The News, Part 03: Australia’s High Court overturned legislation allowing gay marriage. Twenty-seven previously married couples will have their unions annulled.  
Image: A human rights activist protests in India, as shown on the front page of The Guardian, newspaper edition.

Love is Not A Crime

The News, Part 01: India’s Supreme Court upholds a 153-year-old law criminalizing “gay sex” and overturns a four-year-old ruling that recognized same-sex relationships.

The News, Part 02: The UN says that the ruling violates international law and asks India to reconsider.

The News, Part 03: Australia’s High Court overturned legislation allowing gay marriage. Twenty-seven previously married couples will have their unions annulled.  

Image: A human rights activist protests in India, as shown on the front page of The Guardian, newspaper edition.

It’s also possible that we actively opt not to pay much attention to the scenes we capture, because we’re counting on photos to record everything so we don’t mentally have to. If that’s the case, that would mean that you’re farming out your memory to Instagram as you move through the world.

Emily Badger, How Instagram Alters Your Memory, The Atlantic Cities.

To test this, Henkel, a researcher at Fairfield University, concocted a series of experiments leading undergraduate students on guided tours through the university’s Bellarmine Museum of Art. They looked at paintings, sculptures, pottery, jewelry and mosaics. The students were given digital cameras to photograph some of the objects and were told to simply observe the others. The next day, they were given a series of recall tests, trying to detect which objects they remembered best in name and detail.

As it turned out, people remembered fewer of the photographed objects, and fewer of the details about them, relative to the pieces of art they’d actively observed with their own eyes.

…There was one catch in Henkel’s findings: She also asked participants to zoom in on and photograph the details of some of these art pieces. And people who did that were much better at remembering the works of art that those who simply wedged entire objects into one frame and then walked away. Perhaps, by focusing consciously on the details, we can cut back on some of this “photo-taking impairment effect.”

Just a Group of Snow Monkeys Enjoying a Japanese Hot Spring

Via Slate:

The relaxing sensation of soaking in an onsen—or Japanese hot spring—is so popular that even the country’s monkeys take part in the tradition. At Jigokudani (Hell’s Valley) Park just outside Nagano, snow monkeys soak in the hot springs on winter days and return to the forest at night.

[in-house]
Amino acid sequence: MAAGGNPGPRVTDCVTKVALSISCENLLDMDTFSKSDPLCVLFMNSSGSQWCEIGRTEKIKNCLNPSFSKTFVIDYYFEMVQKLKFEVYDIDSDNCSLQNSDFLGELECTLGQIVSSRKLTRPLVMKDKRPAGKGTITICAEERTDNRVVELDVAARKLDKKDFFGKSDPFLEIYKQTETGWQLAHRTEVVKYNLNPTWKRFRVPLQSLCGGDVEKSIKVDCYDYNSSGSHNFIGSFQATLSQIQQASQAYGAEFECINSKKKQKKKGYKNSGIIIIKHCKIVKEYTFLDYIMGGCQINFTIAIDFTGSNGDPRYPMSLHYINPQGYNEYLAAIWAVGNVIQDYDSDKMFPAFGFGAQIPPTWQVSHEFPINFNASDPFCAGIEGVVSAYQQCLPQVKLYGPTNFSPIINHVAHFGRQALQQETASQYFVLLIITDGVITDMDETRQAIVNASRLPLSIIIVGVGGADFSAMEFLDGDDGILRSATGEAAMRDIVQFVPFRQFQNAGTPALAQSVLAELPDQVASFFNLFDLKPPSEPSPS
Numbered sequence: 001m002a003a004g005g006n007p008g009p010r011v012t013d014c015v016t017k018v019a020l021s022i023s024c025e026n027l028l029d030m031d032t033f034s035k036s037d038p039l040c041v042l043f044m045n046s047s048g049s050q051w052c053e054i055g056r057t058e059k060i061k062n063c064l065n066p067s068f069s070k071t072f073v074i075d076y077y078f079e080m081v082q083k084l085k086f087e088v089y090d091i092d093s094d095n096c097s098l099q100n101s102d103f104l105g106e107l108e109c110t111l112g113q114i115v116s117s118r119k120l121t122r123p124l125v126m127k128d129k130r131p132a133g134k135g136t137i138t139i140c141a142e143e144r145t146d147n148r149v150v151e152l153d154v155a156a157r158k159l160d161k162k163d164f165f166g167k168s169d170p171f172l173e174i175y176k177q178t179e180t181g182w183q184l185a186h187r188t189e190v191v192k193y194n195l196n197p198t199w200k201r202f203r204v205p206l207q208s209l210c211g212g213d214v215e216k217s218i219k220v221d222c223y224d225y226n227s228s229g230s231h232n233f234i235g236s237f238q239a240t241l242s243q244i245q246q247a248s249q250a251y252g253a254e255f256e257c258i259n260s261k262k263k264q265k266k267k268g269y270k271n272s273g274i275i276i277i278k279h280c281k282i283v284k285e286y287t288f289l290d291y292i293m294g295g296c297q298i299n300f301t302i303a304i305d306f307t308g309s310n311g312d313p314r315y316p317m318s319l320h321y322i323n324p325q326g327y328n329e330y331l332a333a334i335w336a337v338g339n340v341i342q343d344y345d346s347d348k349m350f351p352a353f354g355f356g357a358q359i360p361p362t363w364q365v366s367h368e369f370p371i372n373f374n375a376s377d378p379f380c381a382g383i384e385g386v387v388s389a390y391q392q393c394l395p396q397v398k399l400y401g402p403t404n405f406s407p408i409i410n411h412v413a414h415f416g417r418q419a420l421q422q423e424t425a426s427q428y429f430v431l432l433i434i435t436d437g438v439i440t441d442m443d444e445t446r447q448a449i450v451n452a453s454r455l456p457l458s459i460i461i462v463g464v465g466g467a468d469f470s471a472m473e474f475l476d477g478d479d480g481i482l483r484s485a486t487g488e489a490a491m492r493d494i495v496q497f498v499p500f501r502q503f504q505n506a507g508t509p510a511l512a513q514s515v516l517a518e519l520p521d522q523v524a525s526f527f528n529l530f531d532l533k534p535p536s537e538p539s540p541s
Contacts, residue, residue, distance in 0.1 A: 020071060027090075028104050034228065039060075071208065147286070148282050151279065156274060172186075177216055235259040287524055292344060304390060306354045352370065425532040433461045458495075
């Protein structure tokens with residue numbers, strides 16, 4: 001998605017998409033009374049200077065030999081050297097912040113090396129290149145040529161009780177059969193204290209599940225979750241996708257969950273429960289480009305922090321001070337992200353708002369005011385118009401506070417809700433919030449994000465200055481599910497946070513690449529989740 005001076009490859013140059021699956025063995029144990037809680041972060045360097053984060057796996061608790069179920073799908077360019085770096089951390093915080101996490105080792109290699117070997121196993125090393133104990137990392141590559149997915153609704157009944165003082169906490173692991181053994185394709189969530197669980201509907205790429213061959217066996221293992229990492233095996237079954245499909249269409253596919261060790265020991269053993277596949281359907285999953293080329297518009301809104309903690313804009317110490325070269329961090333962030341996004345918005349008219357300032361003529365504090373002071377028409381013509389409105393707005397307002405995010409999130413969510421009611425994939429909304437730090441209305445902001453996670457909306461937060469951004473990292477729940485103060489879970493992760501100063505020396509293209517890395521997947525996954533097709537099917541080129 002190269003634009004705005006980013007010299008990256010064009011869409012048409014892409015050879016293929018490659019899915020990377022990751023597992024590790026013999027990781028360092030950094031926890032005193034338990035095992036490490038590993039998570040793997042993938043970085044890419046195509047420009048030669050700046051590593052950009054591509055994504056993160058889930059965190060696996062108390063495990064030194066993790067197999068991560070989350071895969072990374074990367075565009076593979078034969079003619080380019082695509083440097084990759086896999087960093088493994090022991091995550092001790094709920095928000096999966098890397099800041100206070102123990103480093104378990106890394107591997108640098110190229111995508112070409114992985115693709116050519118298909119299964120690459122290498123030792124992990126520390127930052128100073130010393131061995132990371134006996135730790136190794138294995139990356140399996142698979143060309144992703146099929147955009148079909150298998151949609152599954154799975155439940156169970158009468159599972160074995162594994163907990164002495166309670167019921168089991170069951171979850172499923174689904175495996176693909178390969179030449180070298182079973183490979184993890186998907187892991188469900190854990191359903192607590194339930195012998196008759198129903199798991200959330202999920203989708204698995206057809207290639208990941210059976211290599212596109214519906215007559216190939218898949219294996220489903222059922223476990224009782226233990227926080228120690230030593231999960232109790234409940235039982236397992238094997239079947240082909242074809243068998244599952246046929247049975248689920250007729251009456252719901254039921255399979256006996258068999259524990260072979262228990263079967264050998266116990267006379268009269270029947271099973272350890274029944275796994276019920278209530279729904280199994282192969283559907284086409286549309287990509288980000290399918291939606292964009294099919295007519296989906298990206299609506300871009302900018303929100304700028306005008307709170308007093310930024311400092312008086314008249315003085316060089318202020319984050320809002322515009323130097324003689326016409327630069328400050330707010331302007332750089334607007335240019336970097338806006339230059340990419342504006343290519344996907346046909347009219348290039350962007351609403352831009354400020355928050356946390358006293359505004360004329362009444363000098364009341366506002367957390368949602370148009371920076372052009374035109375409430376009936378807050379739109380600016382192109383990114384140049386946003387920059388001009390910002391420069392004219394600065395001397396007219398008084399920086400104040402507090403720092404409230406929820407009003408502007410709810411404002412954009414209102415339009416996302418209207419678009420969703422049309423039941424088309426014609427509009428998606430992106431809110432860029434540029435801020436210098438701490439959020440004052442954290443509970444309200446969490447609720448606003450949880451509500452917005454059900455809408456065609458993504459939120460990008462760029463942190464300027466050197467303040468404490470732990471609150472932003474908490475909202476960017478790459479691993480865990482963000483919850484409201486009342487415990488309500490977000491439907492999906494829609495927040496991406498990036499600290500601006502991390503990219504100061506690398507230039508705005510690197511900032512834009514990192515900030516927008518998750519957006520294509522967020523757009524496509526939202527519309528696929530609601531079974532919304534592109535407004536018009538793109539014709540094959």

Images: Snow Monkeys in Jigokudani Park, via Slate and Atlas Obscura. Select to embiggen.

A Cautionary Tale on the Use of a Photo

Seattle Times:

Last week, The Seattle Times published a story headlined, “Women-only swim times spark emotional debate,” about a controversy over women-only hours at a pool in Tukwila. The women had requested the female-only swim times for both body-image and religious reasons.

The story was accompanied by a portrait I took of sisters Faisa Farole and Jamila Farole, who were trying to preserve female-only swim times.

This week, I learned that the Fox News network aired a story about a Minnesota swimming pool that was setting aside hours for Muslim women to swim. Fox suggested this was an example of the growing influence of Sharia law in the U.S., and included The Seattle Times photo from the Tukwila pool.

The Fox video clip, which has been shared on blogs across the country and even ran on The Daily Show with Jon Stewart, began this way: “The minority becoming the majority at one community pool. Sharia Law is now changing everything…”

The Seattle Times did not authorize use of this photograph on Fox News. We are not sure how Fox News acquired this image, though it could be through a labeling mistake by The Associated Press. The Seattle Times often distributes images through the AP but with language that prevents use by television networks.

Using my photo to illustrate a story on a swimming program in Minnesota, under the title “Sharia Law: Swim Class for Somali Muslim Girls,” is unfair to the young women in the photo and misleads viewers.

Uncensored Instagram Photos from North Korea
via Just Something:

David Guttenfelder is the Associated Press Chief Photographer for Asia, almost a legend in photojournalism. He’s been traveling the world for the most part of his life documenting events like the genocide in Rwanda, the Israeli Palestinian conflict, three different Olympic games and many other historical events. He is a seven-time World Press Award winner and has gained various other awards during his brilliant career.
He’s recently been documenting North Korea and since their authorities loosened a bit their restrict policies about photojournalism he’s been one of the first photographers allowed to bring a smartphone inside the country. A 3G network is now available for visitors, so he’s been able to take pictures with his camera phone on the streets of Pyongyang like he could have done in any other part of the world and for the first time he had the chance to upload them on Instagram while still in the country, marking a milestone in the history of photojournalism.
The event is momentous and thanks to David we can now watch for the first time ever some uncensored real life moments directly from North Korea. In the following gallery you will see our favorites among the pictures he took there.

Check them all out here.
Image: Students at a concert (via David Guttenfelder on Instagram).

Uncensored Instagram Photos from North Korea

via Just Something:

David Guttenfelder is the Associated Press Chief Photographer for Asia, almost a legend in photojournalism. He’s been traveling the world for the most part of his life documenting events like the genocide in Rwanda, the Israeli Palestinian conflict, three different Olympic games and many other historical events. He is a seven-time World Press Award winner and has gained various other awards during his brilliant career.